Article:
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Gering schools develop strategic plan for facility needs
September 20, 2013 Jerry Purvis   

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A long-range strategic plan being developed by the Gering School District over the next year will help determine facility needs for the district’s buildings.

Over the summer, work was done on the locker rooms at the junior high and also on the building windows. And the City of Gering has built a new softball diamond where Gering is playing its home games this season.

Initial work was done over the summer to improve the drainage on the football field at the junior high.

“The intent is to eventually expand the space so it can be better used for soccer,” said Gering Schools Superintendent Bob Hastings.

“There’s still some grading work to do as well. This is a multi-phase project, although teams can play soccer on the field now.”

School Board member Alan Doll, who is also on the facilities committee, said everything boils down to dollars and cents and what the district can afford.

“Our biggest deal right now is maintenance of our existing facilities,” Doll said. “The high school is now to oldest building in the district and it was built in 1965.Some areas need attention, but it’s still on good shape.”

One project being proposed for the high school is to update the auditorium seating and sound system that will serve the district into the future.

Hastings said the district is undertaking a strategic study of all the district’s facilities, which might take a year or two.

“We’ll be looking at what things need to be updated and we have a good idea of those things already,” Hastings said. “We also need to think about the future and what will be our needs five or ten years down the road. If there are any changes in our community, we need to be ready for them.”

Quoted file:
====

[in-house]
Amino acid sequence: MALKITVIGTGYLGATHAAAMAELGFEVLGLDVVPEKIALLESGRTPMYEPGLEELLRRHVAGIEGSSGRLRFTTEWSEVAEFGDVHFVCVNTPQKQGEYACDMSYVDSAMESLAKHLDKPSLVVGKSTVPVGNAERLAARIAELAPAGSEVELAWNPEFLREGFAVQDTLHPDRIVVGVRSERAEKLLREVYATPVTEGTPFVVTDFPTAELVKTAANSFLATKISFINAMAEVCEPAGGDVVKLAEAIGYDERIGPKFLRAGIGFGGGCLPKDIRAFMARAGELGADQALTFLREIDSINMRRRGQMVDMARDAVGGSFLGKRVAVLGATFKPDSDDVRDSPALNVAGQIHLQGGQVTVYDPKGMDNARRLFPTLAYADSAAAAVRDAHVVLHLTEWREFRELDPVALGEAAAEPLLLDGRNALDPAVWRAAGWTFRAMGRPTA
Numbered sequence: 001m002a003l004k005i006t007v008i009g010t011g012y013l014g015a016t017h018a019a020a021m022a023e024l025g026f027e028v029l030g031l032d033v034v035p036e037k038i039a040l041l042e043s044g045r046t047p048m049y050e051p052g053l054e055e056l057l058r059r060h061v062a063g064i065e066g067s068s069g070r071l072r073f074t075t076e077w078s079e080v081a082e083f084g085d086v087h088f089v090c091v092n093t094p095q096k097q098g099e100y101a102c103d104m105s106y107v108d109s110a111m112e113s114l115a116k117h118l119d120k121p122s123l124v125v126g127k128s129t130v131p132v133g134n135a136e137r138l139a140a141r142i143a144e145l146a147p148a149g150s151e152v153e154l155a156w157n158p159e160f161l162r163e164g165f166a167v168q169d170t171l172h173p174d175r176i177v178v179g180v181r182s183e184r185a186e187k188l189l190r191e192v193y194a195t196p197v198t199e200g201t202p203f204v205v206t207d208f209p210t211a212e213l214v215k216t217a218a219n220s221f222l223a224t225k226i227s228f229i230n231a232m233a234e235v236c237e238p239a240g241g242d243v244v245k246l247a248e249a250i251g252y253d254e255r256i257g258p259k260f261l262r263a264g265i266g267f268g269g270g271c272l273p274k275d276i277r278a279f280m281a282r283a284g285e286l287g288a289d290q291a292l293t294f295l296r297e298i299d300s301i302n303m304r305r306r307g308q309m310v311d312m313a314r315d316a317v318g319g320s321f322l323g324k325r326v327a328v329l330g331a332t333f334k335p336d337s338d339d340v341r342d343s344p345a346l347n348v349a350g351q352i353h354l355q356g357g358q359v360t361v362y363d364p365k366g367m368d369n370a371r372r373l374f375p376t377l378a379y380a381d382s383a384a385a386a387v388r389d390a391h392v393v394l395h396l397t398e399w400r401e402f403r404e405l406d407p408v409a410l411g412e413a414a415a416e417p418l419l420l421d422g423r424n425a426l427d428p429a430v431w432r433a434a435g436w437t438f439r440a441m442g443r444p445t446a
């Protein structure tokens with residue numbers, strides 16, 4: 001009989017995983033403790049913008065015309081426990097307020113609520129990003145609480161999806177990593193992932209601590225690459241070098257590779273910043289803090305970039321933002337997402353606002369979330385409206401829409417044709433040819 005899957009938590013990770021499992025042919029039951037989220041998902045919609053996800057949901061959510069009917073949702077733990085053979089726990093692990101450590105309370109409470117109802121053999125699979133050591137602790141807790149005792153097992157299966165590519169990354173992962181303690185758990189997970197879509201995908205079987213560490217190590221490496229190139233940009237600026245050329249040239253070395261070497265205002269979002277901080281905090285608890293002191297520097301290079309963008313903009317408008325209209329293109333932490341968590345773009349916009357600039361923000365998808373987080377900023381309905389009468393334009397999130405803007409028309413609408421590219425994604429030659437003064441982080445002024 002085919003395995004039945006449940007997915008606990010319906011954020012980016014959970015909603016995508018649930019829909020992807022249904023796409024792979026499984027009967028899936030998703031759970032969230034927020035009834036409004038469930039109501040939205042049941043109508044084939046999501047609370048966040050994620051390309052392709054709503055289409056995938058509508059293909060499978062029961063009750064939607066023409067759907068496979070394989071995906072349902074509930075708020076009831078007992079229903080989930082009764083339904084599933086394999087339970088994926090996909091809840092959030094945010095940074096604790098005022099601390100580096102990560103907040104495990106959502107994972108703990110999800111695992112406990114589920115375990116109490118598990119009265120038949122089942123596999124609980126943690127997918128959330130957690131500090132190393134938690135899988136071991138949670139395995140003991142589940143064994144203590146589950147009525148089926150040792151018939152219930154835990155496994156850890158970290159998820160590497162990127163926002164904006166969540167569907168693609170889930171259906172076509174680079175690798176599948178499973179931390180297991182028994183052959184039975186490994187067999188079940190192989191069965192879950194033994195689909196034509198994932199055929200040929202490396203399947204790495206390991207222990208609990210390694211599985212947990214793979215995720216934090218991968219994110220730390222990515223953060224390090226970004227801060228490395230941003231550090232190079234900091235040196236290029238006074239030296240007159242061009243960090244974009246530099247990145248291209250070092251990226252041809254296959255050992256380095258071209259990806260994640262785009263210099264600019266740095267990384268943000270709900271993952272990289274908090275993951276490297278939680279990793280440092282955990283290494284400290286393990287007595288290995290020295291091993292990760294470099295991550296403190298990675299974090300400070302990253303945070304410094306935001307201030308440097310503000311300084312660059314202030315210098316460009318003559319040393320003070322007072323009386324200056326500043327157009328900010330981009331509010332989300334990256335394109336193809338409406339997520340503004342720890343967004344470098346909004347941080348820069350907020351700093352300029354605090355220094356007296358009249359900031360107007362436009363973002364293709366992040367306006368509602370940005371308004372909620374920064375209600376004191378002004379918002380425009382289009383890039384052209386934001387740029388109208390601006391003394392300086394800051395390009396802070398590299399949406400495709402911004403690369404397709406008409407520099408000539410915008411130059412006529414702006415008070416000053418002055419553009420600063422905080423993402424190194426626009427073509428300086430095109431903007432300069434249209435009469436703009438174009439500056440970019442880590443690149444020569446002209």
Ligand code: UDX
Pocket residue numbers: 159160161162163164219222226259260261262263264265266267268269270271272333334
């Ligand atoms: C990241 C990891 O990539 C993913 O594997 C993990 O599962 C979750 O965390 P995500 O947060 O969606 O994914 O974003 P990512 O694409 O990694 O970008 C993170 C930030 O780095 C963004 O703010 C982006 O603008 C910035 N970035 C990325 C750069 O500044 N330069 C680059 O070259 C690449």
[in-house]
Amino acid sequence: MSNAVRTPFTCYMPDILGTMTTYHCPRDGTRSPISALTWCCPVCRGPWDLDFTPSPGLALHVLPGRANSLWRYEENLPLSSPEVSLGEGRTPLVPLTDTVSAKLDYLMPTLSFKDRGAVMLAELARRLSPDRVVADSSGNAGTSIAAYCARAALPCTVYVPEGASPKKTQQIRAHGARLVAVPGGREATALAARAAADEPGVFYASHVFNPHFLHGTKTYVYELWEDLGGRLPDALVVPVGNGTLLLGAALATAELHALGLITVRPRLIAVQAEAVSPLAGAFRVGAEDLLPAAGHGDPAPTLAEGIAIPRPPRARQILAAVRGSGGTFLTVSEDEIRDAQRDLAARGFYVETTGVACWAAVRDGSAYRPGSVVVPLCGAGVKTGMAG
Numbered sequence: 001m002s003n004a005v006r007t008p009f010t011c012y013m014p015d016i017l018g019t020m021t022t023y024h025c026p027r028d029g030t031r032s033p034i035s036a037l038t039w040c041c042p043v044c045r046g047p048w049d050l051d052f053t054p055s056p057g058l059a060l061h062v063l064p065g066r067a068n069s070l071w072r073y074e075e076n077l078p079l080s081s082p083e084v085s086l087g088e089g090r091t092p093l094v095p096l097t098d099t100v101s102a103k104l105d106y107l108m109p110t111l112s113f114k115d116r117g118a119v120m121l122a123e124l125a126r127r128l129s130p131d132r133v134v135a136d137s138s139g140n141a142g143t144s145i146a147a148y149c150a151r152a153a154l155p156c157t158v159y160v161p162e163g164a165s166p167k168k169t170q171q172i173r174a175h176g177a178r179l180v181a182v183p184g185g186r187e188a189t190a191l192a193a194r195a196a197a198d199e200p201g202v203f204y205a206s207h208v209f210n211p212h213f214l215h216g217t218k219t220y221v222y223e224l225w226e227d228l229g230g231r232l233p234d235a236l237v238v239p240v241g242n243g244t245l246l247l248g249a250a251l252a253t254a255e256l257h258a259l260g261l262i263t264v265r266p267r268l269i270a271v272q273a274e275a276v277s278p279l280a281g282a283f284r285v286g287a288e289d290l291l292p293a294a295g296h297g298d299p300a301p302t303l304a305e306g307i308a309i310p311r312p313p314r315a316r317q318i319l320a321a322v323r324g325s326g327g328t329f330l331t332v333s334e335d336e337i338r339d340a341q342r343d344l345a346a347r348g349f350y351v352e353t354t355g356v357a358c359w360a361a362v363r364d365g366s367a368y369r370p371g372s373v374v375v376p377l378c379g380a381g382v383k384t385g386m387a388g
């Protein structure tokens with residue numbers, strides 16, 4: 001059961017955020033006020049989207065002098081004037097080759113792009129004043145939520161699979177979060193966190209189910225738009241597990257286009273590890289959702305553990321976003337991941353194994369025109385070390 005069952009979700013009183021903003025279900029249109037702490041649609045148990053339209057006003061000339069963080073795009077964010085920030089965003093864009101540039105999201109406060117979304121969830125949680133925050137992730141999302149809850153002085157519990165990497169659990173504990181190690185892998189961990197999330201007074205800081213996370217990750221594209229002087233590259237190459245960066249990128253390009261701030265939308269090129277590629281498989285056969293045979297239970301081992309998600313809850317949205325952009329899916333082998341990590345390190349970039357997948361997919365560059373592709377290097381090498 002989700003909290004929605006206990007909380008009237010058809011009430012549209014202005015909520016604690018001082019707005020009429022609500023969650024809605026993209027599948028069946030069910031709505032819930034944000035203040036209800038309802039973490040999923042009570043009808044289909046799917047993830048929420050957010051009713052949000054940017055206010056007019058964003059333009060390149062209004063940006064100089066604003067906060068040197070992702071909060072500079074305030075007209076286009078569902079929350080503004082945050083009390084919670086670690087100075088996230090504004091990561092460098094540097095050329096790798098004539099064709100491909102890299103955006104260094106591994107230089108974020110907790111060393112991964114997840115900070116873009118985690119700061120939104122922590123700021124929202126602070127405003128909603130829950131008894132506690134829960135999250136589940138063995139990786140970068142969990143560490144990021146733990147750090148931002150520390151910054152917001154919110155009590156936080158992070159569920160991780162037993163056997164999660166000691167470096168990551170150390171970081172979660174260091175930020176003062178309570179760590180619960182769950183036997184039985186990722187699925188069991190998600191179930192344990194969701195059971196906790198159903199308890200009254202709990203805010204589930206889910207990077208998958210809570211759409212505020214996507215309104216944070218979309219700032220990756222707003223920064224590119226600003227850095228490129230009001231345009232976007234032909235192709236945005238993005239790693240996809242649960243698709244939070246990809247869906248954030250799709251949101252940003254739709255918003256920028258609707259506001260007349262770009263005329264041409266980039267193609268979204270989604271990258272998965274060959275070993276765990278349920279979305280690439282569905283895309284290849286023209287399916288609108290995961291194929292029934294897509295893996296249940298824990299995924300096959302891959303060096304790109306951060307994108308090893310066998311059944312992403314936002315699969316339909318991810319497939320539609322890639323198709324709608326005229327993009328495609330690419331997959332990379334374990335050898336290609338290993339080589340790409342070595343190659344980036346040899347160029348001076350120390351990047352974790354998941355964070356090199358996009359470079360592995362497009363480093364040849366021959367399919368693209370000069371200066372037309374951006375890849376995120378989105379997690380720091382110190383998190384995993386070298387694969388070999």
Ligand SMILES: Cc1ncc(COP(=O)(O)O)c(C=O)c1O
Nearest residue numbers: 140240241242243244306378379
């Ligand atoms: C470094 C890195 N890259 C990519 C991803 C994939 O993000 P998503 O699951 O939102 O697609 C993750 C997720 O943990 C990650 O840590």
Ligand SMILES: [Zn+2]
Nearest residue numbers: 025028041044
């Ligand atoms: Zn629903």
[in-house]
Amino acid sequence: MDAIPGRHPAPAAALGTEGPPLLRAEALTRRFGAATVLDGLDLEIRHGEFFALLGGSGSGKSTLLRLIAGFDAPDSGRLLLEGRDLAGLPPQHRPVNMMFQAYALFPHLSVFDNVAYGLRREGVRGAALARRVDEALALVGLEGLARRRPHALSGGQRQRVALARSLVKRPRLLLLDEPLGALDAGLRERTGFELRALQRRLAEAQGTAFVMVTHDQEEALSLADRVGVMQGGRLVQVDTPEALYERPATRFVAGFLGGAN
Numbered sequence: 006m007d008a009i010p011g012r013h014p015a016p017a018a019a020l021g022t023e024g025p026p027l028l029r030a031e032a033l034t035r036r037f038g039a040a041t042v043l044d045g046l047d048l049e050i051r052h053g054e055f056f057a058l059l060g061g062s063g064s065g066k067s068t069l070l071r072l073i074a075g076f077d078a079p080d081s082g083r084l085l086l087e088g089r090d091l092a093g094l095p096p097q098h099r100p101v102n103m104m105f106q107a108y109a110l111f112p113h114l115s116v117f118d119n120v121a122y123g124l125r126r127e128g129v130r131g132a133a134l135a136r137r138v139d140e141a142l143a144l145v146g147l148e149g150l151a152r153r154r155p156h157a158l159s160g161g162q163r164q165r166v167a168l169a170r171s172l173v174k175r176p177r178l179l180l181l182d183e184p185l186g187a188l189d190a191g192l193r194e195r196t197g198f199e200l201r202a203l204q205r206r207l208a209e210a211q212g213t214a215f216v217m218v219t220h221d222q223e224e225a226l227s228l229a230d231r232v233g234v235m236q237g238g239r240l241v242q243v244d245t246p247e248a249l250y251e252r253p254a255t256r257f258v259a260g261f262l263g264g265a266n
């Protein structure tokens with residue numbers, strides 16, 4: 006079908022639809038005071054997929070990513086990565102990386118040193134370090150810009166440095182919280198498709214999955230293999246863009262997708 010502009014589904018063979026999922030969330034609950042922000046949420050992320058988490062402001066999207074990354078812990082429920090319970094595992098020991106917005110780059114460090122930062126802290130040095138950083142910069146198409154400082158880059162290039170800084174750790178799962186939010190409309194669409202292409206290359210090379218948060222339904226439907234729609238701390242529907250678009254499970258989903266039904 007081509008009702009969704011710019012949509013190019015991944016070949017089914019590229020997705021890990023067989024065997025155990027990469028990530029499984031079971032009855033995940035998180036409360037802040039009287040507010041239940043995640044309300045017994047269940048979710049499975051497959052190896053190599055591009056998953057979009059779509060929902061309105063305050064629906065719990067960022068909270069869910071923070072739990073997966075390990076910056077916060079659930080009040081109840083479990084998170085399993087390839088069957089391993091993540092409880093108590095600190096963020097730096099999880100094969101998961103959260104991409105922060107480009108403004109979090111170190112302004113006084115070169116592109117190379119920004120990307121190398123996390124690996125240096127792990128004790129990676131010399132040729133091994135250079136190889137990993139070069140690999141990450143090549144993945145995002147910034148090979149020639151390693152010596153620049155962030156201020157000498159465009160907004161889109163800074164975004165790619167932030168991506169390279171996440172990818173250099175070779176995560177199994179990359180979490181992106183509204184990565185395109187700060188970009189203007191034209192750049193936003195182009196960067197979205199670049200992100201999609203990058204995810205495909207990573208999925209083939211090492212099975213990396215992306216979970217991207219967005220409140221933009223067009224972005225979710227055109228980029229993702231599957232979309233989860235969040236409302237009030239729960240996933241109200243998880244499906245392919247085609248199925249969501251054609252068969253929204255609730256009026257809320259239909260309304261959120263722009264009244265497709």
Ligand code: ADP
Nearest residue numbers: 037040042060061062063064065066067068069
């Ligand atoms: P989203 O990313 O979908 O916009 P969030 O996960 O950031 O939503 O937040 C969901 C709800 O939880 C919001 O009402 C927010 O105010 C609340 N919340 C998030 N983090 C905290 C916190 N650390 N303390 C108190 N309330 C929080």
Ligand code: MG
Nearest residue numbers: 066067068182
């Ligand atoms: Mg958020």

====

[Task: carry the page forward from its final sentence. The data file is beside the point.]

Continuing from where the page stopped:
One item he mentioned was the concept of neighborhood schools, where students from the neighborhood attend the nearby school, as opposed to busing that is currently being implemented.

“Strategic planning comes first,” Hastings said. “That will determine what our goals are.”

He added the school board, administrators and staff will be a part of that discussion. He also encouraged parents and community members to provide their input as well.

“The board will set the goals, but they ultimately need to hear from the entire community what they want to see from our schools. This won’t just include facilities, but also how education is delivered in general.”

Hastings added no district will ever have enough funding to do all the things they need, but by setting priorities and goals, many things can be accomplished.

Doll agreed that state funding is a big factor. “We’re beholding to state aid so much in how the school district fares monetarily,” he said. “The strings that get pulled are controlled 400 miles east of here, so it makes it difficult. There’s nothing consistent about the state air formula.”

While no one can know what the future holds, Hastings said a strategic plan gives the district guidance toward being prepared for any eventuality.
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